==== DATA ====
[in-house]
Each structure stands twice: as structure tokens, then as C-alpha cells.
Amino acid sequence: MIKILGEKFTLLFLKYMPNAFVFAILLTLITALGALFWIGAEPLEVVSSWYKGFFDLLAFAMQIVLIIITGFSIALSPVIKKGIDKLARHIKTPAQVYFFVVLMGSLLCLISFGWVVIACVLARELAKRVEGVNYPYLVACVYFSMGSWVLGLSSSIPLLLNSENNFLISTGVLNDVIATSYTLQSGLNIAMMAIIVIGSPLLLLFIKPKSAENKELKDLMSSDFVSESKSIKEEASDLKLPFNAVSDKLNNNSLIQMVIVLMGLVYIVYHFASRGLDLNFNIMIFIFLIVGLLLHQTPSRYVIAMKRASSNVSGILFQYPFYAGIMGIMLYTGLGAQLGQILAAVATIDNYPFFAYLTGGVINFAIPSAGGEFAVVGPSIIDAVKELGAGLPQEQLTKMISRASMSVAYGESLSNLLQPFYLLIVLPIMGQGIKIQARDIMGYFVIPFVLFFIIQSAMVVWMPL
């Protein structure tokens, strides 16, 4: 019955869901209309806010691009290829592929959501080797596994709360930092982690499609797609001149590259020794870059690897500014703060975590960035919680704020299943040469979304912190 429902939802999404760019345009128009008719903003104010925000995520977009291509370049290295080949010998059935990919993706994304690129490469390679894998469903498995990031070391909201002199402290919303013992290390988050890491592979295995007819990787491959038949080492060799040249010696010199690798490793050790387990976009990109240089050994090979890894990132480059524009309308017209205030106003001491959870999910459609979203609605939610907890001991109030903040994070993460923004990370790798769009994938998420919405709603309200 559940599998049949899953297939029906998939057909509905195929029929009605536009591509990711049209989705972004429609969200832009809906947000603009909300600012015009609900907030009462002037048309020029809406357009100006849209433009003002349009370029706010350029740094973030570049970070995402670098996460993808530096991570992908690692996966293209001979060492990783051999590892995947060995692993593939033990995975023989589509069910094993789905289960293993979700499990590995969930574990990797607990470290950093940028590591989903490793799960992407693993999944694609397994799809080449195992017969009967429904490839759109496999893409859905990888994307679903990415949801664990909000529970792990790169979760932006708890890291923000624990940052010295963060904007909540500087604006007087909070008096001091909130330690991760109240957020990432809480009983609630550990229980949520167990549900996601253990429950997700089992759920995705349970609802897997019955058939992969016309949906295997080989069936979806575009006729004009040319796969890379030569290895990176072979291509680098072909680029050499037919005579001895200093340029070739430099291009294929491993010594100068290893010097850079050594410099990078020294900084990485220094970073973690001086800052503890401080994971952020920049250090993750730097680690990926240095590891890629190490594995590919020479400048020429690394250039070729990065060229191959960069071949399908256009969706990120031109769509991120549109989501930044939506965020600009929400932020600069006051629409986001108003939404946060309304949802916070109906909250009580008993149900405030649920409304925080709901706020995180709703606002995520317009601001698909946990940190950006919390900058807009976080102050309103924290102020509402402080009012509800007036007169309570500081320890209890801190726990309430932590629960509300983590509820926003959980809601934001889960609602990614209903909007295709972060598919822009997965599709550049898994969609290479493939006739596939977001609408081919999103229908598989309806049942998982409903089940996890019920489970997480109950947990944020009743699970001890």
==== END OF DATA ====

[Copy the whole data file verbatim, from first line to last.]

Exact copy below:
[in-house]
Each structure stands twice: as structure tokens, then as C-alpha cells.
Amino acid sequence: MIKILGEKFTLLFLKYMPNAFVFAILLTLITALGALFWIGAEPLEVVSSWYKGFFDLLAFAMQIVLIIITGFSIALSPVIKKGIDKLARHIKTPAQVYFFVVLMGSLLCLISFGWVVIACVLARELAKRVEGVNYPYLVACVYFSMGSWVLGLSSSIPLLLNSENNFLISTGVLNDVIATSYTLQSGLNIAMMAIIVIGSPLLLLFIKPKSAENKELKDLMSSDFVSESKSIKEEASDLKLPFNAVSDKLNNNSLIQMVIVLMGLVYIVYHFASRGLDLNFNIMIFIFLIVGLLLHQTPSRYVIAMKRASSNVSGILFQYPFYAGIMGIMLYTGLGAQLGQILAAVATIDNYPFFAYLTGGVINFAIPSAGGEFAVVGPSIIDAVKELGAGLPQEQLTKMISRASMSVAYGESLSNLLQPFYLLIVLPIMGQGIKIQARDIMGYFVIPFVLFFIIQSAMVVWMPL
């Protein structure tokens, strides 16, 4: 019955869901209309806010691009290829592929959501080797596994709360930092982690499609797609001149590259020794870059690897500014703060975590960035919680704020299943040469979304912190 429902939802999404760019345009128009008719903003104010925000995520977009291509370049290295080949010998059935990919993706994304690129490469390679894998469903498995990031070391909201002199402290919303013992290390988050890491592979295995007819990787491959038949080492060799040249010696010199690798490793050790387990976009990109240089050994090979890894990132480059524009309308017209205030106003001491959870999910459609979203609605939610907890001991109030903040994070993460923004990370790798769009994938998420919405709603309200 559940599998049949899953297939029906998939057909509905195929029929009605536009591509990711049209989705972004429609969200832009809906947000603009909300600012015009609900907030009462002037048309020029809406357009100006849209433009003002349009370029706010350029740094973030570049970070995402670098996460993808530096991570992908690692996966293209001979060492990783051999590892995947060995692993593939033990995975023989589509069910094993789905289960293993979700499990590995969930574990990797607990470290950093940028590591989903490793799960992407693993999944694609397994799809080449195992017969009967429904490839759109496999893409859905990888994307679903990415949801664990909000529970792990790169979760932006708890890291923000624990940052010295963060904007909540500087604006007087909070008096001091909130330690991760109240957020990432809480009983609630550990229980949520167990549900996601253990429950997700089992759920995705349970609802897997019955058939992969016309949906295997080989069936979806575009006729004009040319796969890379030569290895990176072979291509680098072909680029050499037919005579001895200093340029070739430099291009294929491993010594100068290893010097850079050594410099990078020294900084990485220094970073973690001086800052503890401080994971952020920049250090993750730097680690990926240095590891890629190490594995590919020479400048020429690394250039070729990065060229191959960069071949399908256009969706990120031109769509991120549109989501930044939506965020600009929400932020600069006051629409986001108003939404946060309304949802916070109906909250009580008993149900405030649920409304925080709901706020995180709703606002995520317009601001698909946990940190950006919390900058807009976080102050309103924290102020509402402080009012509800007036007169309570500081320890209890801190726990309430932590629960509300983590509820926003959980809601934001889960609602990614209903909007295709972060598919822009997965599709550049898994969609290479493939006739596939977001609408081919999103229908598989309806049942998982409903089940996890019920489970997480109950947990944020009743699970001890």